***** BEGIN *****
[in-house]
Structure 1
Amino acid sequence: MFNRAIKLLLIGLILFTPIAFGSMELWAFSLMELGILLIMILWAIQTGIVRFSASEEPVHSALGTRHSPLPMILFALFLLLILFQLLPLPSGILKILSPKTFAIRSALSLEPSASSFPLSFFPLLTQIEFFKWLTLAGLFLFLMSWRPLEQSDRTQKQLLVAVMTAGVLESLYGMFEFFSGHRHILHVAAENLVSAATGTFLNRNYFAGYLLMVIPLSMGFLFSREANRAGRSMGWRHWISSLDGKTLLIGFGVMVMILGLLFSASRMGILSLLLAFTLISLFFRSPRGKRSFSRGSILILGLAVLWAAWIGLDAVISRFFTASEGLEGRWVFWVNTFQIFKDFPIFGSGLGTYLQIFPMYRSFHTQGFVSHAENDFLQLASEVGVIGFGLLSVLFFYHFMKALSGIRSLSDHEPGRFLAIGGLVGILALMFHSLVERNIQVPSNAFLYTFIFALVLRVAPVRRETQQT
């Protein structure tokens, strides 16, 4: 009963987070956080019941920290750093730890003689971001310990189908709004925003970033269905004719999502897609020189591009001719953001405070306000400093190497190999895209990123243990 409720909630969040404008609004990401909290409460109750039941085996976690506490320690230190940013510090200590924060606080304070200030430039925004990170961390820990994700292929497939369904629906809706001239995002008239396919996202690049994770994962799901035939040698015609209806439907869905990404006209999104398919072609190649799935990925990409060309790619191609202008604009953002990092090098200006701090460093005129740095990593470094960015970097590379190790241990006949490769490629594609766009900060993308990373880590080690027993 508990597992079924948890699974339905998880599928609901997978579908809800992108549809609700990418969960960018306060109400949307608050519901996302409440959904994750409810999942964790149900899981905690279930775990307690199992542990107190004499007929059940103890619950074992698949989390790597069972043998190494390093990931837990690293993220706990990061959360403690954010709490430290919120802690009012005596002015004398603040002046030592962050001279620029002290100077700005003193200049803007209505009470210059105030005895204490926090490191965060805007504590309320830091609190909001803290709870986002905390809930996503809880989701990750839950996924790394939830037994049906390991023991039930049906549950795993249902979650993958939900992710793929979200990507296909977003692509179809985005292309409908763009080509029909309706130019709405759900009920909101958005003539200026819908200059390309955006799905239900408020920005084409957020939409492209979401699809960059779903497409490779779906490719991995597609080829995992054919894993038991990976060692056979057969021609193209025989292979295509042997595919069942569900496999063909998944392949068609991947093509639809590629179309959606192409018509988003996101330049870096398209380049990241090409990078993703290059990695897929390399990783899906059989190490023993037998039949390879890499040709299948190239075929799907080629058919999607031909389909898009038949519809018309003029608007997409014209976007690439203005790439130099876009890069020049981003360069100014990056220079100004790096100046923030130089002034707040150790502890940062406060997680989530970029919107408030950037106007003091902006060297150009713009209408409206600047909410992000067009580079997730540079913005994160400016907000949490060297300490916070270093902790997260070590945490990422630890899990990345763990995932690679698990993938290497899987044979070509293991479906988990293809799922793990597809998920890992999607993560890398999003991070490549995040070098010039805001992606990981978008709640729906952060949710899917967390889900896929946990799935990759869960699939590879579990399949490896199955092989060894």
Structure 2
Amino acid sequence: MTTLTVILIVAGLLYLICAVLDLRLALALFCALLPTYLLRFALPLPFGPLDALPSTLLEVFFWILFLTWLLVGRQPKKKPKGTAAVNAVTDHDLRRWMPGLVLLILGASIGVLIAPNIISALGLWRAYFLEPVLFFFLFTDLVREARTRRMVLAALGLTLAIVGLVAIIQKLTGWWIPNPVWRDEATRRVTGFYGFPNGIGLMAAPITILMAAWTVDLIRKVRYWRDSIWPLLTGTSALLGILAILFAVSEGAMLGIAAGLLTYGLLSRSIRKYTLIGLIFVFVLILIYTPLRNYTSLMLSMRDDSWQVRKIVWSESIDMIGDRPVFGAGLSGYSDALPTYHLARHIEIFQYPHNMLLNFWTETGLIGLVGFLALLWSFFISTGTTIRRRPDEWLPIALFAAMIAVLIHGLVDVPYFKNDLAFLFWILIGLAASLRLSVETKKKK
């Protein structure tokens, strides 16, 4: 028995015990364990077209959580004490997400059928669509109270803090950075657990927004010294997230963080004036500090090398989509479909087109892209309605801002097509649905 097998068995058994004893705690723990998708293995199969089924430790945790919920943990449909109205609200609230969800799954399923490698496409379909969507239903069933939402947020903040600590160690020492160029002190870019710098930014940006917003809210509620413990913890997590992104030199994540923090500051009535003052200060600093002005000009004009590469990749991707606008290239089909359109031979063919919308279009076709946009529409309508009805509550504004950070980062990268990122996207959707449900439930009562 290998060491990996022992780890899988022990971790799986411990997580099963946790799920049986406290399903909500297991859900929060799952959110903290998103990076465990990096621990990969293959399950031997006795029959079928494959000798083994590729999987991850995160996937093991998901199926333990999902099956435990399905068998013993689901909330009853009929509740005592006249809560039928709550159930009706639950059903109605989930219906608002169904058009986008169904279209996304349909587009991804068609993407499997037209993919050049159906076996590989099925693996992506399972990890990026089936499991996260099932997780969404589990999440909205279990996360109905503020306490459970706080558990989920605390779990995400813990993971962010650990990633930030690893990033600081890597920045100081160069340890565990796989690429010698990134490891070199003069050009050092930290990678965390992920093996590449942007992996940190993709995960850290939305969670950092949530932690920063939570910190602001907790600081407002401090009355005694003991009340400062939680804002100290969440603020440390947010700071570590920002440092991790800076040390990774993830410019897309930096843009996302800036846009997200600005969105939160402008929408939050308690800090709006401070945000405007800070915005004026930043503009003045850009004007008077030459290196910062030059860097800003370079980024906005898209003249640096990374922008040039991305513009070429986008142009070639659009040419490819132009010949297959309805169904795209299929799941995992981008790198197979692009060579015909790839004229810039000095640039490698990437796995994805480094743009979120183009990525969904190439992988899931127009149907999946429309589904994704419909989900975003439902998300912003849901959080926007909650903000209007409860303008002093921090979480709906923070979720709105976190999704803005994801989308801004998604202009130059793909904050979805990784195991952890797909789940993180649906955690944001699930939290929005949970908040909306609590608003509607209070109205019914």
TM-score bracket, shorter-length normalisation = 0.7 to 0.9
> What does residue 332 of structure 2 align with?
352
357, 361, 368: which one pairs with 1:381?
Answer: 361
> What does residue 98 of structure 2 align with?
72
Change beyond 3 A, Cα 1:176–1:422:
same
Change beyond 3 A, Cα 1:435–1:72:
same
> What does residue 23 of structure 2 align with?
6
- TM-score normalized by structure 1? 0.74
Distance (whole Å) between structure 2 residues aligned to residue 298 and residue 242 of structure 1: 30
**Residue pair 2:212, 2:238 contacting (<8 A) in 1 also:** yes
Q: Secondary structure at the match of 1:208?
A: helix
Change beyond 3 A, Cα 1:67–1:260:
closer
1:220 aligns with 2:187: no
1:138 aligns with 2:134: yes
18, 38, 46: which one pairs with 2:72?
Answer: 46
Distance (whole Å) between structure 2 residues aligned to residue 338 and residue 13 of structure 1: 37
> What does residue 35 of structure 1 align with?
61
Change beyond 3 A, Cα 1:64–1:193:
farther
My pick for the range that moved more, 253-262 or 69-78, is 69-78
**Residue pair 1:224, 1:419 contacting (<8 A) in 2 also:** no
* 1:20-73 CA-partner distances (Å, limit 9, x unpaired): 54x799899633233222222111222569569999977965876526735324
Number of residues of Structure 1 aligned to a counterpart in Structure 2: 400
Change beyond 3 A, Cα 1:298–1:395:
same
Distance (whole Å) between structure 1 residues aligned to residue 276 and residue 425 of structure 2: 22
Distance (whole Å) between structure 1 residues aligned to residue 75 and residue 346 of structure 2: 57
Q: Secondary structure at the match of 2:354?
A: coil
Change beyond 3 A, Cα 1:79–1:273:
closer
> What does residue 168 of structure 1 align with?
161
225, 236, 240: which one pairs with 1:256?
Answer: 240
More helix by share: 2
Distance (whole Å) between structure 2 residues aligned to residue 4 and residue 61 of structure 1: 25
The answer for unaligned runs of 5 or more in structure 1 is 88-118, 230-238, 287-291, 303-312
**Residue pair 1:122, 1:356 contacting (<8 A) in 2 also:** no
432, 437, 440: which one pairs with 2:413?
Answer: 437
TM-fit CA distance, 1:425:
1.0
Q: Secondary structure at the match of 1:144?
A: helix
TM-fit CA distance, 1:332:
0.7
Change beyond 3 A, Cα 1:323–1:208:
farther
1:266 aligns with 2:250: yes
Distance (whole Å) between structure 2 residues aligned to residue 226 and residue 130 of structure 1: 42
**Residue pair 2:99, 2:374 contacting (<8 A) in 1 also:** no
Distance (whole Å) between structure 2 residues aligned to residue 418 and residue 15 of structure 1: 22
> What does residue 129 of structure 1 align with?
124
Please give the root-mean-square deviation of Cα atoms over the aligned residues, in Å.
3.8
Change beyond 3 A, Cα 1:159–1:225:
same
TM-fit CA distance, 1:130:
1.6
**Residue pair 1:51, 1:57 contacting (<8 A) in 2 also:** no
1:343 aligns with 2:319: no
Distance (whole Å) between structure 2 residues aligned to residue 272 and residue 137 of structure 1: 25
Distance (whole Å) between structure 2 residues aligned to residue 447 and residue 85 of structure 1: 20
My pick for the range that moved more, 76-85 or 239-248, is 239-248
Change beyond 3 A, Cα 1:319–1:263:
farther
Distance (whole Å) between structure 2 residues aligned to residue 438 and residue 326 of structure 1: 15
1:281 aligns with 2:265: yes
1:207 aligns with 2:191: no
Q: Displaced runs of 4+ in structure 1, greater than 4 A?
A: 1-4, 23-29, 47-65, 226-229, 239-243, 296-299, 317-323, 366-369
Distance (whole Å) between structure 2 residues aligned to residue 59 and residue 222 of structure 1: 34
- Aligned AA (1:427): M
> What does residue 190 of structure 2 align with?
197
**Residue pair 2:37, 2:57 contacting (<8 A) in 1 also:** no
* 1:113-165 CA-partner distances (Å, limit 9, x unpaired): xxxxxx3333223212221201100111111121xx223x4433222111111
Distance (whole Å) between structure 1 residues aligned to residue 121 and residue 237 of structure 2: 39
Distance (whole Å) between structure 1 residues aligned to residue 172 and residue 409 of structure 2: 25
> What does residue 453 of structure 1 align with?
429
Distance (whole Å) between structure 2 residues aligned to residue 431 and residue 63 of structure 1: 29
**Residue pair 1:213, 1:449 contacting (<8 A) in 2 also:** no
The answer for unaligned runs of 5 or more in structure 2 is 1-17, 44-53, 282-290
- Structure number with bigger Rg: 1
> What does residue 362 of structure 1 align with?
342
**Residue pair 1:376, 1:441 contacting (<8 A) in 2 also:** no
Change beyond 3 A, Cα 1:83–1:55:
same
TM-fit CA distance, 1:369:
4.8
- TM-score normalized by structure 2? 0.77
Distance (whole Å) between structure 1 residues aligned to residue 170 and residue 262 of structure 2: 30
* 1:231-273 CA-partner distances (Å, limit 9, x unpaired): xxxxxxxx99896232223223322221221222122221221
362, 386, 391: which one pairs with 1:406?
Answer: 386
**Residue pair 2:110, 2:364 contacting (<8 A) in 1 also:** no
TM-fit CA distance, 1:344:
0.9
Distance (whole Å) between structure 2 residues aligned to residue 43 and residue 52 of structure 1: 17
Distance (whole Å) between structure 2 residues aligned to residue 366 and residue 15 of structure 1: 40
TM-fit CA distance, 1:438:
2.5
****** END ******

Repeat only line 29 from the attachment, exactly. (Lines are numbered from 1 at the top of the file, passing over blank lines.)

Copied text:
1:138 aligns with 2:134: yes